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A Rebound-Ready Portfolio
12/15/2008 12:01 am EST
Chris Gilchrist, editorial director of EveryInvestor, tells investors how they should protect themselves, diversify, and position their portfolios for a rebound.
Q. Chris, in an interview at the recent World Money Show in London, you discussed the failure of the most widely used diversification strategies during the current global market declines. Why did it happen?
A. There are two major reasons. First, current portfolio planning techniques are based on portfolio theory, which systematically underestimates the frequency of extreme events as well as the size of potential losses. ‘Standard deviation’ is a false measure of risk because investment returns are not ‘normally distributed’. Inadequate recognition of risk meant advisers recommended too high a proportion of capital be invested in equities.
Second, finance theorists hold that the excess annual return on equities above risk-free bonds should be no more than 2% to 3% as against a historical 5% to 7%, but this, too, is contrary to what we know about investors. It assumes investors are indifferent between loss and gain, when we know investors are about twice as risk-averse as they are gain-seeking and that this systematically skews their behavior.
Nevertheless, if you follow the theory, you end up putting more capital into risky assets in order to achieve your target rate of return. So, the failure arose not from diversification itself—though that, too, has been problematic—but from putting too high a proportion of assets into riskier assets.
Q. What diversification strategy do you recommend for most individual investors?
A. There is still merit in the concept of diversification, but you must seek out truly different asset classes. For example, there is lot of evidence that private equity and forestry are two assets which don’t correlate with listed equities, plus they both have superior long-run rates of return. Adding these to a standard equity-and-bond portfolio is much better than adding, say, small-cap equities, which don’t actually give you much diversification benefit at all.
And I think most investors should plan to hold more in cash over a market cycle. They should set levels at which they’ll switch some of that cash into and out of risk assets, and stick to their rules.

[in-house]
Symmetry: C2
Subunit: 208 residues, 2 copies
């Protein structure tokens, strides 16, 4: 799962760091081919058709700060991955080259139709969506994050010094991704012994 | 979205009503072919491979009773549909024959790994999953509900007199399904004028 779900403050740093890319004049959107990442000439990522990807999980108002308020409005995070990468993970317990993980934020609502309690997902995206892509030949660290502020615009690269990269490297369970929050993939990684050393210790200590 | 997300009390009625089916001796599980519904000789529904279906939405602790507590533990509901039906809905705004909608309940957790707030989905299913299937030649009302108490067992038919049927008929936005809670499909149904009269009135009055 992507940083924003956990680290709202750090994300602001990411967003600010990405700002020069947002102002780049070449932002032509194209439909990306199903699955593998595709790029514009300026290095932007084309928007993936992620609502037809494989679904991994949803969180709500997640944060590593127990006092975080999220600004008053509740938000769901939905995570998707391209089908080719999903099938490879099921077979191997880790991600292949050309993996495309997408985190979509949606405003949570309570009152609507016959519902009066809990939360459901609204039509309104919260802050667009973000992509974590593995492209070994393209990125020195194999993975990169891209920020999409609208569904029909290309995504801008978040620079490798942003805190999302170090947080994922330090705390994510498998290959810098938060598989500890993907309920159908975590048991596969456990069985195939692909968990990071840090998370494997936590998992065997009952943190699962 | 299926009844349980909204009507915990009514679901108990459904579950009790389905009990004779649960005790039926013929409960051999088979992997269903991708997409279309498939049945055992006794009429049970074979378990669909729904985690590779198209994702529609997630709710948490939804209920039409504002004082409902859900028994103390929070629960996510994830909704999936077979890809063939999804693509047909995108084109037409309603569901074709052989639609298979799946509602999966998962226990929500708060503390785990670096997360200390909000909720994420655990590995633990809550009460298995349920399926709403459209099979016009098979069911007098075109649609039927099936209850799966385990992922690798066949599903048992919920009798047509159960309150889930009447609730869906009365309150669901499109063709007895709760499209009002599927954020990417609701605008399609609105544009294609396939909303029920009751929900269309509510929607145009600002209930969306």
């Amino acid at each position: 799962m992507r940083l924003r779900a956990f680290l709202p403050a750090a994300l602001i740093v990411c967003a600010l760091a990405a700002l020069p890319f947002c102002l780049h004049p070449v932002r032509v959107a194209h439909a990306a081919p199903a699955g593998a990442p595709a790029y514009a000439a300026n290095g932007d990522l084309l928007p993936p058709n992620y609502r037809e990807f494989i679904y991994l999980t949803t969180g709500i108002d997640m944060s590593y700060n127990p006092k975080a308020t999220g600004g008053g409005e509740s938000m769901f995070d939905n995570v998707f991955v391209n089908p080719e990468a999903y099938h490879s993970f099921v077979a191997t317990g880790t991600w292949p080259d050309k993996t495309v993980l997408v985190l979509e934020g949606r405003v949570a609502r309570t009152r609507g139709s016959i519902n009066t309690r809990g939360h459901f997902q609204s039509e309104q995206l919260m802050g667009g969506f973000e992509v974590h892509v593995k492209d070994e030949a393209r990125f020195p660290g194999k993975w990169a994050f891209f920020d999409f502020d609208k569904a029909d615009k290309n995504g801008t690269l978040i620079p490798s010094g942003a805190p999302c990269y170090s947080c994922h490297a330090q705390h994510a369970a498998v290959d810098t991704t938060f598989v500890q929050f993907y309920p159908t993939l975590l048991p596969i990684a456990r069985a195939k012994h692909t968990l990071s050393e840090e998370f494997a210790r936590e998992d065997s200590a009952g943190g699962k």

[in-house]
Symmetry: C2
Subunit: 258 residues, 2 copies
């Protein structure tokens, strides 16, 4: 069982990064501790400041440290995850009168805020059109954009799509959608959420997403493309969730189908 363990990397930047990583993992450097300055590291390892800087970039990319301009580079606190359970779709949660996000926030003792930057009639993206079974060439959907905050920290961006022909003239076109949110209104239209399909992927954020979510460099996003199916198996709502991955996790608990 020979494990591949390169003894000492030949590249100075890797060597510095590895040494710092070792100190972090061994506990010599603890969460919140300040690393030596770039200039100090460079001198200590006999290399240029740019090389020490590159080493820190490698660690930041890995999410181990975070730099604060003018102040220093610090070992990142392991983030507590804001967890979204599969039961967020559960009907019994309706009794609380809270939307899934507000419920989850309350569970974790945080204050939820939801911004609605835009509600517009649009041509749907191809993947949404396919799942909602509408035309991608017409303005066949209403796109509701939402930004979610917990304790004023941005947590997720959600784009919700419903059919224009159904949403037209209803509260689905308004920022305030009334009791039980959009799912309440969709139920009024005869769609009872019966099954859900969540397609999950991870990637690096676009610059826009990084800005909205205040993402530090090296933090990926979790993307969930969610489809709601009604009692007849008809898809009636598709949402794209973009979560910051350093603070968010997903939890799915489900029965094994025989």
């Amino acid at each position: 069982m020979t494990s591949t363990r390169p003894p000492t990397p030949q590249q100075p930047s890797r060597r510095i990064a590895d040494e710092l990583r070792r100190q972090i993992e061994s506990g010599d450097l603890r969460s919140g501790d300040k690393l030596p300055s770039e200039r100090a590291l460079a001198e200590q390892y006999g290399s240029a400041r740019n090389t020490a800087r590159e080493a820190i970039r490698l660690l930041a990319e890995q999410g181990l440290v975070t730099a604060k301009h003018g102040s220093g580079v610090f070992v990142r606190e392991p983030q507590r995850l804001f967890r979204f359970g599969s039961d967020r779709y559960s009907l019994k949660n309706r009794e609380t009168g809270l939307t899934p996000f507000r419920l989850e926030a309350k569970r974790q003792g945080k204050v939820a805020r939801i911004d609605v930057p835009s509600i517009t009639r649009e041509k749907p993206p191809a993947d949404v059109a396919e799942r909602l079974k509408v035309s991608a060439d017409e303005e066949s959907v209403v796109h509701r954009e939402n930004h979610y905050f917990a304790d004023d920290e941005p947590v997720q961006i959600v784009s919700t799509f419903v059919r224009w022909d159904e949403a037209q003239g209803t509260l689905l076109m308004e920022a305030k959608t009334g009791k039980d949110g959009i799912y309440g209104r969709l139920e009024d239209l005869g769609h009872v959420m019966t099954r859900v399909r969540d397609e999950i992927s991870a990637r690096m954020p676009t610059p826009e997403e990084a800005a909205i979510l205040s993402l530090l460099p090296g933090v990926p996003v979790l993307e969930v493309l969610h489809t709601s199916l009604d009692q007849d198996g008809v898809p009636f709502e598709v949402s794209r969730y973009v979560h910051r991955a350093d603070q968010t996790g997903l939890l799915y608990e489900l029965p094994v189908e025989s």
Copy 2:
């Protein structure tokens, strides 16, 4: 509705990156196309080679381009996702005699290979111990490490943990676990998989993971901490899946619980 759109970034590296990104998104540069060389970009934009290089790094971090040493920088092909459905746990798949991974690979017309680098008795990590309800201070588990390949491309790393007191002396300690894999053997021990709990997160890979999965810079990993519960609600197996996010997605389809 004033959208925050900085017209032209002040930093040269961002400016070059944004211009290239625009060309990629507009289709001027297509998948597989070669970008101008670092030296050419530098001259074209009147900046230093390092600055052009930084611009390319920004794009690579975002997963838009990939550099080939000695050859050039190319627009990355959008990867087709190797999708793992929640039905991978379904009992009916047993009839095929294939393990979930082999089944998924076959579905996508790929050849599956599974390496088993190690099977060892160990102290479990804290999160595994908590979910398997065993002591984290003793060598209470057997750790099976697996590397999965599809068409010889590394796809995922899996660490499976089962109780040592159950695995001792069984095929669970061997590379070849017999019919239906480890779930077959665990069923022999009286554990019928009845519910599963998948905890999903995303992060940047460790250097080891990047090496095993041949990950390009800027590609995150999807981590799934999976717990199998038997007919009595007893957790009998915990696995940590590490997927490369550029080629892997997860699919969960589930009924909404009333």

Q. Many advisors and investment newsletters are now touting a ‘return to dividends’, and recommending high dividend-paying equities. Do you agree?
A. I do agree that safe dividends will be prized by investors in coming years, but determining whose dividend is safe is a really tough call. I prefer to focus on dividend- paying potential rather than actual dividends. For example, both Barclays (NYSE: BCS) and Rio Tinto (NYSE: RTP) are financially strong and have good cash flows, which they are using to rebuild capital and pay off debt over the next two years. After that, they’ll have a lot of cash they could hand to shareholders. I prefer stocks like these to safer utilities where there’s lower scope for dividend increases in future.
Q. Do you have any favorite dividend-paying stocks that you are currently buying?
A. A couple are GlaxoSmithKline (NYSE: GSK) and BT Group (NYSE: BT). GSK is one of the strongest of the Big Pharmas, and BT has big debts, but can easily pay them down from cash flow from its recession-proof land-line telecom business.
Q. Looking back over the past months of huge global losses for almost all investors, are you still an advocate of steady investing over time?
A. Regular investing is a fail-safe strategy that always works if you give it enough time, but the minimum period for it to really work is ten years. I started to invest regularly recently in high-volatility areas like emerging markets and natural resources, because falling markets are perfect for regular investing. I want prices to stay low for several years, so I can accumulate a lot of stock at low prices. I’m happy for the next boom to be a few years off.
But I do regret not selling my bank stocks!
Q. Do you believe the commodity super-cycle is over?
A. When China, India, and Brazil put growth in reverse, the commodity boom will be over, but not until then. We’re just having a pause, but just as we had hysterical over-promotion in the boom, we’re now getting hysterical doom-mongering in the slump. Anyone who seriously thinks oil will be $40 a barrel in three years time needs a mental check-up. Big oil stocks like BP and Royal Dutch Shell (NYSE: RDS-B) are a steal.
Q. Which, if any, commodities do you currently favor?
A. I like gold, but personally hold gold mining stocks. That’s been a mistake over the past year, when gold stocks have hugely underperformed bullion, but I think gold stocks are now ready for a major bull run. The supply position is tight and we’re just at the point when demand will probably pick up. We had a classic drop off in jewelry demand (mainly India) after the price went from $600 to $800. History shows this is normal and demand resumes after a time lag of about a year. Millions of people getting a bit more money in India and China will want to own a bit of gold.
Q. Are there any other markets or sectors you favor now?
A. European investment-grade corporate bonds seem to me insanely cheap. A diversified fund will pay a running yield of 7.5% and have a redemption yield of 10% or more. I’m expecting to make returns of 10% a year over the next two to three years. One fund manager recently described the opportunity to me as “equity-style returns without equity-style risk.”
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